THE Beacon Arts Centre in Greenock has been hailed as a ‘stunning, world-class’ venue by an acclaimed Scottish painter.

Michael Clarence's show, titled ‘Depending on how you paint your vegetables’, closed at the venue on January 6 after a three-month run.

Now he has poured praise on the ‘inspiring’ setting and wants more artists and members of the public to be able to utilise its studio space.

Michael, who is currently the Freelands Foundation Painting Fellow at the University of Brighton, said he wanted to thank the team at the waterfront venue for being 'so supportive and hospitable'.

Greenock Telegraph:

He added: “The Beacon Arts Centre is in a beautiful location, sitting on the banks of the River Clyde in Greenock.

“A town with a rich industrial past, it now seems to struggle with regeneration and new identity as so many post-industrial towns in Scotland do.

“The Beacon is only 30 minutes from Glasgow on the train and has stunning world-class spaces which I believe should be opened up to artists and creatives of all disciplines and background and experienced by the public.”

Michael’s show was brought to the Beacon by guest curator Fraser Taylor – an honorary professor at Glasgow School of Art.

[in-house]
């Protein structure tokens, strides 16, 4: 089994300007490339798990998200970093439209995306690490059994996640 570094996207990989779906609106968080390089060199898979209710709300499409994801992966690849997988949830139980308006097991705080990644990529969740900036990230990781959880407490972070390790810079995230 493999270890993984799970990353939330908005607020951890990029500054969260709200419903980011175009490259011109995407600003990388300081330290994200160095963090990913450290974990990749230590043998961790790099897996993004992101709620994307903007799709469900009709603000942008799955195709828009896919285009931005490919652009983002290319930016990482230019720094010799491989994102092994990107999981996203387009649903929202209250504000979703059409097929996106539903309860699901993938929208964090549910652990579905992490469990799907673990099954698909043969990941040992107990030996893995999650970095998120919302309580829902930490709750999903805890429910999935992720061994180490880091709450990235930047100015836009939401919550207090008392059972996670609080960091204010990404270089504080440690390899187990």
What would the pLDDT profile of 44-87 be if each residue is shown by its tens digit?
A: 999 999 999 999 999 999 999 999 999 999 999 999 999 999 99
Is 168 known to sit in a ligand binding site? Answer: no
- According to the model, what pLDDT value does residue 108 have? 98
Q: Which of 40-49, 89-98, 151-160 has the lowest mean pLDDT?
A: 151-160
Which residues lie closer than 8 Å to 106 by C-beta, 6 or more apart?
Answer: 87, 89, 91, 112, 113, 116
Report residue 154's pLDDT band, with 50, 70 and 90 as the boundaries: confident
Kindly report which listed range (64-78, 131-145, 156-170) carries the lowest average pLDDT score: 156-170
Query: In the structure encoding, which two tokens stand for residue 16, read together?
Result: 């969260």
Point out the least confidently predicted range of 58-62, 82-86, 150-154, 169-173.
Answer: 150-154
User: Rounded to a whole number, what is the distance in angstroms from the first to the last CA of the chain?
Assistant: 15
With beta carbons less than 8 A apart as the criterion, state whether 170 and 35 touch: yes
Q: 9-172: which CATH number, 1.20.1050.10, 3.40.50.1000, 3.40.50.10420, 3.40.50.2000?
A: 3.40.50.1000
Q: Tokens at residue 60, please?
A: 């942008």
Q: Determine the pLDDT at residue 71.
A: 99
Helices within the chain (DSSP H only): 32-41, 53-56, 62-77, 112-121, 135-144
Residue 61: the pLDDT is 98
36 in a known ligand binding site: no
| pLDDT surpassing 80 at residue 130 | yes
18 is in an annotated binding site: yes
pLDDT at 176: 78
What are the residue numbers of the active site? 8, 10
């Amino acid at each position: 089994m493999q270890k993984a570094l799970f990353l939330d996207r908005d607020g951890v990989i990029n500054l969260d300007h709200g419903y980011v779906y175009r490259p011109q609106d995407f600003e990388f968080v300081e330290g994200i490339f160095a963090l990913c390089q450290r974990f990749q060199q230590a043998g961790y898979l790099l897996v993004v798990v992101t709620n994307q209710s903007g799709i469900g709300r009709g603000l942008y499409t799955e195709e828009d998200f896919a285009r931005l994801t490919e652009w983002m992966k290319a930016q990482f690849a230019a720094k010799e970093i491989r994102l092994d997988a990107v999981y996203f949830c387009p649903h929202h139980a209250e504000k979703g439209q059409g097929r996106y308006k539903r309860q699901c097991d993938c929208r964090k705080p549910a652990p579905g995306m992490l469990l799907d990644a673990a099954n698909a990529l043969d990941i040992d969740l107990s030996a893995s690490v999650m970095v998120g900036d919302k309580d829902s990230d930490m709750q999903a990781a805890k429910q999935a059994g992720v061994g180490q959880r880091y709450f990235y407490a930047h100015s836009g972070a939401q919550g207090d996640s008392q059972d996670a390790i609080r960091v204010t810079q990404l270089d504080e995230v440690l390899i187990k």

Fraser said: “Beacon Arts Centre presents a diverse and inclusive visual arts exhibition program which engages with local and national communities.

“There is a focus on exhibiting artists of all levels of experience who create work that is vibrant and relevant and prompts questions allowing us to view the world differently.”

Lesley Davidson, co-director of the Beacon, added: “Michael’s show was one of my personal highlights of out tenth anniversary year, and we were thrilled that he was able to bring his paintings to Beacon.

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“We are very proud of our year-round programme of art created by local, national and international artists.

“Working with Fraser is a huge draw to artists and we are delighted to be able to offer free exhibitions to the community of Inverclyde and beyond.”

The Beacon’s current show, Bringing the World In, displays work produced by patients undergoing renal dialysis treatment at Inverclyde Royal Hospital.

The charity Art in Hospital worked with the patients over a four month spell to help them express their creativity.